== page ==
Hello, Friday! It’s the day that marks the end of the work week and the beginning of the weekend (at least it does for me at about 5:30pm CST.) For the latest installment of my Oh Happy Day! Gratitude Project, I’ve been thinking about marking time.
Last weekend, I took three watches to the store to install new batteries. I kept forgetting the task for several weeks, and each day at work I’ve been completely lost without the wrist-bound vehicle for marking time. I found myself glancing to the upper right corner of Kermit (my trusty laptop, for the unindoctrinated) repeatedly throughout the days just to orient myself. It’s interesting how much we come to incorporate that simple task into our daily routine. There is something special about keeping time, about acknowledging its passage. It orients us. It gives us context. And, although it may appear to speed up or slow down depending on our activities, it’s very consistency puts our own context in parallel with the rest of the world’s.
So, I have three watches. Two of them have been without batteries for a while and lost to me because of my annoying tendency to procrastinate. (Evidence that time and I need to come to an understanding, I know. But, that’s another post.) When the third battery wound to a complete halt, it served as my motivation to act–a few weeks later of course. Sigh. One watch is a quirky Minnie Mouse version I purchased during my first summer living in Las Vegas, NV back in the day. Minnie is sporting her typical babydoll dress and flirtatious pose in silver on a plain black background. The glass of the face is faceted to provide just enough sparkle as the light hits both to make me smile and to hinder my ability to focus on Minnie’s big hand all at the same time. My second watch was a gift from my Mom and Dad for my 30th birthday. It’s a demure and very professional-looking black leather and silver Ann Klein version with no numbers and a slight pin-stripe face. The watch that broke the camel’s back (so to speak) is a lovely Swiss Army Victorinox stainless steel linked variety that the Queen gave me in celebration of my 10-year anniversary at the day job. We often choose carefully–and people choose carefully for us–the instruments for marking our time.
It’s been an eventful week in my relationship with time. You may have read in the essays about birthdays and anniversaries I’ve been celebrating. Topping my gratitude list, I’ve been thankful for the joy of keeping time, of marking events in celebration. I’m realizing that time is celebration-worthy. So often in our striving to mark it this way or that way, we think of time as our enemy, and the keeping of it as a cumberson task that reminds us of how little we’ve done or how little of it we have remaining. We hate waiting. We resist moving forward. We’re disgruntled with looking back. We’re intimidated by looking ahead. We are even dissatisfied with this moment. With every passing day I mark, I want to resist this notion.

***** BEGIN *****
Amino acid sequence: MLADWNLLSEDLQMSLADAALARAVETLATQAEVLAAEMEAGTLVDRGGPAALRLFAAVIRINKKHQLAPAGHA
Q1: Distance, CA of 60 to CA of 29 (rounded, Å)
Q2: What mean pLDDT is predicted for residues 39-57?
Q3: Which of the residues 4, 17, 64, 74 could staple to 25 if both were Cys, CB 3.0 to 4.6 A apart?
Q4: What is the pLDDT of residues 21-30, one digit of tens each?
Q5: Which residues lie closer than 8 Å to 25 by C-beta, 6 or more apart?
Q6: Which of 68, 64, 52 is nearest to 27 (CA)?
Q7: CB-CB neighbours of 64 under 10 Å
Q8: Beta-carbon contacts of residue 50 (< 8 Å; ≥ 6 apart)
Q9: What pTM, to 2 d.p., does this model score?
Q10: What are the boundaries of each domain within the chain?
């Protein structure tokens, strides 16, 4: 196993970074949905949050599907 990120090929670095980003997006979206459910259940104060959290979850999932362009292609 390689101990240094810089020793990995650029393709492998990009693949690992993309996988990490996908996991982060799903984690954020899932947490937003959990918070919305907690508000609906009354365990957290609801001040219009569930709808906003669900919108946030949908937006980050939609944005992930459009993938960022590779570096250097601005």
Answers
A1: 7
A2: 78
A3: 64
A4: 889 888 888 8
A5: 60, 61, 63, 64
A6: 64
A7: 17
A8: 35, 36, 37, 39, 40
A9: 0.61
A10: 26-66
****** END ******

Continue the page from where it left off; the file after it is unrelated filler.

There is something very God-inspired about keeping time. The Bible’s account of Creation draws our attention to it with every action. “There was evening and there was morning, one day.” “There was evening and there was morning, a second day.” And so it goes. In the inception of time, the marking of it began. The commemoration of evening and morning. The capping off of one time period to usher in the next. The acknowledgement of time’s passage was ingrained from those very first moments.
Having just celebrated my first-born’s fifth birthday, the 2-year anniversary of EyeJunkie and a hundred other significant and more ordinary occurences evident in the passage of time, I find I’m grateful for the sheer joy of marking it. The joy of remembering, of remembering milestones. The joy of evaluating, of finding the value from seasons. The joy of even having time, of experiencing this life in sequence. The joy of celebrating time spent, invested. Together and apart. This marking defines a thousand starting points and perhaps just as many ending points and all the markers along the way. The counting down of hours and the counting up of years.
It’s true that this moment is all we have. We have memories, both bitter and sweet, of time passed. We have hopes and dreams of the time ahead of us. But, we are living THIS moment. If there is anything to be gained from the celebration of milestones, the marking of important events and significant (or even just regular) time periods, it is that this moment deserves an audience.
So, today, I’m sitting with attention. I’m moved by the action in front of me. I’m standing in an ovation. I’m offering applause. I’m so grateful to have put THIS moment on my calendar.
Oh Happy Day!